The reason why we think this particular Usher syndrome might be better suited for future interventions is because of the nature of the protein discovered. All previous mutations associated with Usher syndrome affect the proteins involved in building the structure of the sensory cells. This means that the sensory cells are likely to be malformed or disorganized in an adult organism. Of course, correcting the structural pathology is a very challenging task. In contrast, the mutations of CIB2 that we discovered seem to have much more subtle effects. We speculate that these mutations may affect only the calcium homeostasis in the sensory cells, although more functional studies are needed to test this hypothesis and function of CIB2 in the inner ear and retina. To this end, we have developed several CIB2 mouse lines. We are currently working to characterize the hearing and the visual phenotype of these mice through calcium and electronic microcopy imaging, immunological and physiological studies.
Genetics of Oculocutaneous Albinism: predisposition for Skin Cancer
Our lab is currently studying Oculocutaneous albinism (OCA), which is a form of albinism that involves the eye, skin, and often hair. This recessive disorder is caused by defects in the melanin synthesis pathway. Polymorphisms in some of the pigmentary pathway genes (e.g. TYR, OCA2, TYRP1 and SLC45A2) increase susceptibility for skin cancer, which affects all ages, genders and societies worldwide. Malignant melanoma is the major cause of deaths from skin cancer and a large number of studies revealed that the risk of malignant melanoma correlated with genetic, personal characteristics and a person’s ultraviolet (UV) exposure behavior. We are ascertaining large families segregating OCA phenotype from various populations around the globe. There are many cases of OCA in which the causative gene remains unknown. Therefore, a need clearly exists for further genetic understanding of this disease, as does the opportunity to minimize the cases of preventable skin cancers. We are currently working to identify novel genes involved in these disorders.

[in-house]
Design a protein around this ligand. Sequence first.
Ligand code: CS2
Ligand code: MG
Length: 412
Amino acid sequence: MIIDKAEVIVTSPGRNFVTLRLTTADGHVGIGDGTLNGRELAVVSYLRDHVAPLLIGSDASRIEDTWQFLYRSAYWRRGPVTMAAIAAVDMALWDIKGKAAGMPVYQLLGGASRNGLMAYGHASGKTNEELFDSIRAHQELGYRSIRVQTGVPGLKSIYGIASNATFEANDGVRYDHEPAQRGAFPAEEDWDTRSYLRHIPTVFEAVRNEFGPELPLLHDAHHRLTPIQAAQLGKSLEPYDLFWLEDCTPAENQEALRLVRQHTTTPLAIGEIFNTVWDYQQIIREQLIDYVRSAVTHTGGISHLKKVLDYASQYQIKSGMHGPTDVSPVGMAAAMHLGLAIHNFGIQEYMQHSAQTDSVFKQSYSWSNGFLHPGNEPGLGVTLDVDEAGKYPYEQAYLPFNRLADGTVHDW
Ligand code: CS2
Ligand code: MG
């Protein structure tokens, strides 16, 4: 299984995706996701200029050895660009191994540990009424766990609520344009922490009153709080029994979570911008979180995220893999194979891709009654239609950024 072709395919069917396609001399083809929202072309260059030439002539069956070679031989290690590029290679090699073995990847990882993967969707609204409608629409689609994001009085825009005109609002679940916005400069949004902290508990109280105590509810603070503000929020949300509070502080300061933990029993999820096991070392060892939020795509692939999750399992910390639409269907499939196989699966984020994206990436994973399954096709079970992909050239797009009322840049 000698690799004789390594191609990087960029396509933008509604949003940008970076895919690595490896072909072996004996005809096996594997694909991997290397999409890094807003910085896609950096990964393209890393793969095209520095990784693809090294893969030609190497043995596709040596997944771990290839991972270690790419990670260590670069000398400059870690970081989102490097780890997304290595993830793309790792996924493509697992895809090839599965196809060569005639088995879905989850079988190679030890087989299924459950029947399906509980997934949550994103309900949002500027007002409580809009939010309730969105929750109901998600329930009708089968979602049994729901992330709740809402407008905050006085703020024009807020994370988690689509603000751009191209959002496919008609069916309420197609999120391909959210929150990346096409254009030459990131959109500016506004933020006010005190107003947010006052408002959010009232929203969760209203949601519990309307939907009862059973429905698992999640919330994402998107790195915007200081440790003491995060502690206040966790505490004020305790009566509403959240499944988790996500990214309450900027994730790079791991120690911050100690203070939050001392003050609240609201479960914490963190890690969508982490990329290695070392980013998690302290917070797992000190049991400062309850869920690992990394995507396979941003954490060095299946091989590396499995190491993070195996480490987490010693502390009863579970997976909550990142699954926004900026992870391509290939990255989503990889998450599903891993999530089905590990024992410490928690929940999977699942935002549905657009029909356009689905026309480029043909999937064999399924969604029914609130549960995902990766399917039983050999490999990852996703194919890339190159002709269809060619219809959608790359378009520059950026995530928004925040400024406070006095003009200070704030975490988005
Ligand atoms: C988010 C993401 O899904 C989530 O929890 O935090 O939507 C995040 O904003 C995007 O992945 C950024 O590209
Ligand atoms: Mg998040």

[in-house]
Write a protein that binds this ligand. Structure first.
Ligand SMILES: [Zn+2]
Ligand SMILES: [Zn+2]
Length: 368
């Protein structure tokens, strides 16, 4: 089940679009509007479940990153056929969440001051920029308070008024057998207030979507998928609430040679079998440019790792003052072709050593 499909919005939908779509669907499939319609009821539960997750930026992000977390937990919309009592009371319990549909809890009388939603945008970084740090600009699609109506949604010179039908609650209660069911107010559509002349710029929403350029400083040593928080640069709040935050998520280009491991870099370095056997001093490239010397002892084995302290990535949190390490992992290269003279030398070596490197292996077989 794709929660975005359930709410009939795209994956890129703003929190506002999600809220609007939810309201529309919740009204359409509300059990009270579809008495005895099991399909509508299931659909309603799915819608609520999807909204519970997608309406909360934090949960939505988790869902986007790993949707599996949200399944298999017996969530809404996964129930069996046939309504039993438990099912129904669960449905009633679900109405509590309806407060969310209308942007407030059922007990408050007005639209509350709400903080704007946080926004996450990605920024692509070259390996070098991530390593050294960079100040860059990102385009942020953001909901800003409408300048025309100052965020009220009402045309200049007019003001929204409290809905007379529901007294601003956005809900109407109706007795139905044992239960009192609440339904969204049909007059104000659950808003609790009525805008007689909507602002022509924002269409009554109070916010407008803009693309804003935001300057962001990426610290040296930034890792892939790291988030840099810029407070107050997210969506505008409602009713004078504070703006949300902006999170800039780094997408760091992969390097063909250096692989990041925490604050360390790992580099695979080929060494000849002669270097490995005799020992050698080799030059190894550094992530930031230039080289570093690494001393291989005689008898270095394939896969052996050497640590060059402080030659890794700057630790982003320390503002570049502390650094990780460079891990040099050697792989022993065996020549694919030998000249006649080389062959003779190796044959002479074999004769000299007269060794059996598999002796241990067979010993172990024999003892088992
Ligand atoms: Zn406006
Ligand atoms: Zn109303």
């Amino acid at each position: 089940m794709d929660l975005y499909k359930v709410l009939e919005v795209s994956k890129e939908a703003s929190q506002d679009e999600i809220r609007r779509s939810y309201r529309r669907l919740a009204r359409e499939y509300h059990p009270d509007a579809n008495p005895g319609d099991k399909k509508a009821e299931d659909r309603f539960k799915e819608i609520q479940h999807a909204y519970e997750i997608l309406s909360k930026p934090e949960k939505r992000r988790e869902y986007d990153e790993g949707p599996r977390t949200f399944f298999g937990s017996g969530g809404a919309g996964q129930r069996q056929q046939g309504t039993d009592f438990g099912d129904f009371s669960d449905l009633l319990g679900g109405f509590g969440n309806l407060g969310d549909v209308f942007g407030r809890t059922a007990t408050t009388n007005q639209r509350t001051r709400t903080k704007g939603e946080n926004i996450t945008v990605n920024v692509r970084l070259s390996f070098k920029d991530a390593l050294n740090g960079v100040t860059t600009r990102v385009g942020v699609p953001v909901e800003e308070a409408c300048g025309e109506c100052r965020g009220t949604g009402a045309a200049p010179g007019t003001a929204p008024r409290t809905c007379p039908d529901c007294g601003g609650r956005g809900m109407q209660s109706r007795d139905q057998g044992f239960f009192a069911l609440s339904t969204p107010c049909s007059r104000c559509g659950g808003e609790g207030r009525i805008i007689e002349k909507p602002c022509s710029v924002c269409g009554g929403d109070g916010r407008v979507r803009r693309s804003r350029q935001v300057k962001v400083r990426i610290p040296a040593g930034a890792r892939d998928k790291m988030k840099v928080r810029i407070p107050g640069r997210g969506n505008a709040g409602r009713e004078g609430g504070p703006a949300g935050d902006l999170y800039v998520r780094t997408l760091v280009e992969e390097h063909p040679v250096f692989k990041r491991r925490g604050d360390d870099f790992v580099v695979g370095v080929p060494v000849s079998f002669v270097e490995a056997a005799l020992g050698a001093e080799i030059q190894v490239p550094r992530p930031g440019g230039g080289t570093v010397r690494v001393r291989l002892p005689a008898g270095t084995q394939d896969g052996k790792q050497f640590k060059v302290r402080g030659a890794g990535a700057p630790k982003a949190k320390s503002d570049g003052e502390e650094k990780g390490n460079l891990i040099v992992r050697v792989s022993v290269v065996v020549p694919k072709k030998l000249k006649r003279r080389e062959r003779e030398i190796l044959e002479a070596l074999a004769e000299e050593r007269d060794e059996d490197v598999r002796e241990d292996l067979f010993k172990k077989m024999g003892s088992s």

2006 NIH Fellow Award for Research Excellence, National Institutes of Health, Bethesda, MD, USA.
2006 Third World Academy of Science Prize in Biology, Pakistan Science Foundation, Islamabad, Pakistan.
2007 NIH Fellow Award for Research Excellence, National Institutes of Health, Bethesda, MD, USA.
2008 Medal of Honor (Tamgha-i-Imtiaz) from the President of Pakistan, Government of Pakistan, Islamabad, Pakistan.